Monday, 27 June 2011

PSK operating guide needed!

The last month I have been following the digimode world, mainly the PSK modes. It looks like there are no good  guidelines for fluent  operating in challenging conditions. Or do you know about a good operating guideline? Please tell me, so I can share it with my fellow radio amateurs.
Waterfall without water.
The most problematic are the pileups: an interesting station appears on the waterfall and people bomb the frequency, making QSOs difficult or impossible. This is an old story also with RTTY, and of course with whatever modes. However, the problem on the "PSK bands" is especially urgent because of the rising popularity of PSK31: there are many new hams without experience in good general operating practices.

In CW and SSB a good operator can distinguish calls from the beep zoo. In digimodes the interpretation of the sounds is done by the computer, which makes the situation extra difficult: the QRM tolerance is very limited. In CW operation there is a common practice, when the frequency is getting warm: the pileup master starts telling "UP"...all CW operators don't understand this English word (sigh), but anyway, it's quite a good practice: people are calling the target station above the stations frequency, and the pileup operator picks the signals from the spectrum...this is a fair deal also for QRP operators: they get a real chance.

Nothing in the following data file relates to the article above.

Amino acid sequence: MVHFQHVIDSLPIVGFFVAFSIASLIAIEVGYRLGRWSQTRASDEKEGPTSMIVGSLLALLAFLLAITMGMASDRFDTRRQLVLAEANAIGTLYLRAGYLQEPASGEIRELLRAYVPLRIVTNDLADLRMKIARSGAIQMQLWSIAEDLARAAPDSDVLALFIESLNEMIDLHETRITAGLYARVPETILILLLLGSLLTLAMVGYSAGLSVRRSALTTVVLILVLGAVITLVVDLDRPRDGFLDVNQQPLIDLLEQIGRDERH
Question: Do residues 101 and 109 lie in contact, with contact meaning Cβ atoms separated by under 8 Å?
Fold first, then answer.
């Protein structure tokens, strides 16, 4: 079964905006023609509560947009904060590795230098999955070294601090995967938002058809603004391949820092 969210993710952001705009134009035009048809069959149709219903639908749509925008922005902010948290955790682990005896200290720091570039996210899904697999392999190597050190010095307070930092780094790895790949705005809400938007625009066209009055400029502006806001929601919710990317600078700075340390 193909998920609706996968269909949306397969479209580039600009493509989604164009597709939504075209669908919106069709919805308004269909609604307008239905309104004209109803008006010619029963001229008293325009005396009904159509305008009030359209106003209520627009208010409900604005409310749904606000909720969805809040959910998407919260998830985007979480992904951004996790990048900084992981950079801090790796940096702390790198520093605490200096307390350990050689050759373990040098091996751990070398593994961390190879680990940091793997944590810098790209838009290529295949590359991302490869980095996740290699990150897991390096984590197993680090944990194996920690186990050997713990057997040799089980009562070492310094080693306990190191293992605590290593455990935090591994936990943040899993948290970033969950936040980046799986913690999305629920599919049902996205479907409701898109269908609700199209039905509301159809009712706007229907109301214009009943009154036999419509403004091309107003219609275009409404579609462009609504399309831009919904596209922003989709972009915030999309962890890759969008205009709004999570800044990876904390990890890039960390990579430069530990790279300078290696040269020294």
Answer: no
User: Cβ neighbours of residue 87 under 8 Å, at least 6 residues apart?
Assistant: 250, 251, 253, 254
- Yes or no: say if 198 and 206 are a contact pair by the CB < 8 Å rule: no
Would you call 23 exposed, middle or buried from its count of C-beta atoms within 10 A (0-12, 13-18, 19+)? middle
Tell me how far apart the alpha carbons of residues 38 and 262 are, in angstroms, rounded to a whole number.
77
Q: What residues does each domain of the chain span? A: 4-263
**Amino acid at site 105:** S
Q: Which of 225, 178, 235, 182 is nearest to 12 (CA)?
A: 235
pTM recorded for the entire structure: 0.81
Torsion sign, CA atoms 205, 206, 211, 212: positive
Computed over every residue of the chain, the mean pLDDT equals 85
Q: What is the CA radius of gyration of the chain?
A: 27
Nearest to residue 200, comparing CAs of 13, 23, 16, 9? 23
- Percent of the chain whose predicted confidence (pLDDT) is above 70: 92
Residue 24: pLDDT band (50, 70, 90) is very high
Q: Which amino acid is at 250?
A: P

What to do on the PSK bands? When I want to work an interesting station, which are in a QSO (or trying to find one, in the hopeless zoo) I often try to call him a little bit besides his frecuency. Only very seldom the operator at the other end gets my idea! Why? Isn't this a good practice: find the nearest free frequency for putting a call? The QSO then could continue on that new frequency...why not? Isn't it quite convenient to pick traces in the waterfall display, especially with a comfortable mouse?

Another thing: PSK stations who know they are pileup targets, could select the calling frequency at the higher end of the band and say "UP1" to others...this is a common practice with RTTY.

Ideas, suggestions?


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  2. There is a way to cope with pileups also on one frequency, but it depends on people listening, keeping their horses: when calling, send your id twice and listen: if there are no trace on the waterfall, send the id again twice, and listen, and so forth. If you see others calling as well, just wait patiently for your turn: if you qrm him, you ruin delay the thing for both of you! And remember the ham spirit.